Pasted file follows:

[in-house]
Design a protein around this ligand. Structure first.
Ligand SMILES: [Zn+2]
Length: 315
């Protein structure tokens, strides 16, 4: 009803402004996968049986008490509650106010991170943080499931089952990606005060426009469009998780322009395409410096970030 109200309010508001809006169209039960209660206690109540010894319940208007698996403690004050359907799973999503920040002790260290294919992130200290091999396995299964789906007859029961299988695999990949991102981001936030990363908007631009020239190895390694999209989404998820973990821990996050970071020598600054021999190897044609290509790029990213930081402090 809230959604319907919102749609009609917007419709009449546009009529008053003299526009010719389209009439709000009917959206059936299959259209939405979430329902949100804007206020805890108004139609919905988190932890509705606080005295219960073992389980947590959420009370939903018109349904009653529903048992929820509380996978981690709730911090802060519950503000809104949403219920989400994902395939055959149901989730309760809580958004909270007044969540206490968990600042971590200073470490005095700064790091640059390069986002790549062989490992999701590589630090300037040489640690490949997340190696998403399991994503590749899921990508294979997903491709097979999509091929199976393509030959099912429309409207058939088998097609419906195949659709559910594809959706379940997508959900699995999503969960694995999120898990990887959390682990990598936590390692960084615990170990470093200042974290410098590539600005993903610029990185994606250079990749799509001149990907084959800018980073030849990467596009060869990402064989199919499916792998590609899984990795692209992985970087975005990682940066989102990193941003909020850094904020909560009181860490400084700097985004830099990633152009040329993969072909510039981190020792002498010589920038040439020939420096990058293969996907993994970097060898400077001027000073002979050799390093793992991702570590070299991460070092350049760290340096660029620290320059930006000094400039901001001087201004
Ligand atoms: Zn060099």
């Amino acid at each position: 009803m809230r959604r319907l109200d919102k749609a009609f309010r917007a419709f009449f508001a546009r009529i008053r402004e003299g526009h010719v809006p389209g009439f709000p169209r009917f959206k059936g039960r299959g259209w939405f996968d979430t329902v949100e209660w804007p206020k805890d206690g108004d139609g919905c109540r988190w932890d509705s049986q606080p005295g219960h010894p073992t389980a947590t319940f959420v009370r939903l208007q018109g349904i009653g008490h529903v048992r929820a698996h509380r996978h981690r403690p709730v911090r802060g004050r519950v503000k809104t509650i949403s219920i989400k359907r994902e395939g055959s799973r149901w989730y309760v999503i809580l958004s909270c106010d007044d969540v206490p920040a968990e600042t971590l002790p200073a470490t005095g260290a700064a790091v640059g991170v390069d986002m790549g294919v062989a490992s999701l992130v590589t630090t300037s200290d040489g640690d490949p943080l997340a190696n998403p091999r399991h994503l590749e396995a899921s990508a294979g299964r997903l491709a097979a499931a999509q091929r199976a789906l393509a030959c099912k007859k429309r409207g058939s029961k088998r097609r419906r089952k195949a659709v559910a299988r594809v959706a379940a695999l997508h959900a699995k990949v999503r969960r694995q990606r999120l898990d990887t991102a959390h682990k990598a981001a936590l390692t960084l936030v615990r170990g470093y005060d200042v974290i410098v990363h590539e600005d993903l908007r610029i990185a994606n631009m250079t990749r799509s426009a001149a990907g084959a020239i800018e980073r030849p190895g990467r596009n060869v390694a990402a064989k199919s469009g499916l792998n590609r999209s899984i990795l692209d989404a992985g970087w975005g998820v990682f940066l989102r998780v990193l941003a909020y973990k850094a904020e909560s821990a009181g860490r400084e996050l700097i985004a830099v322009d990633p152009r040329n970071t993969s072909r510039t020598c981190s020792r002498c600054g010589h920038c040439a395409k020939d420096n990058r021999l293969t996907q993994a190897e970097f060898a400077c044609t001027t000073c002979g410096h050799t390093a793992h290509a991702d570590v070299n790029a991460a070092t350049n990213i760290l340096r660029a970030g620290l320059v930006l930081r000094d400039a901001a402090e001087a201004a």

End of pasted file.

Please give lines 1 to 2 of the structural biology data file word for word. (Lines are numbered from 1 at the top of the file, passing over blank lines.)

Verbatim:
[in-house]
Design a protein around this ligand. Structure first.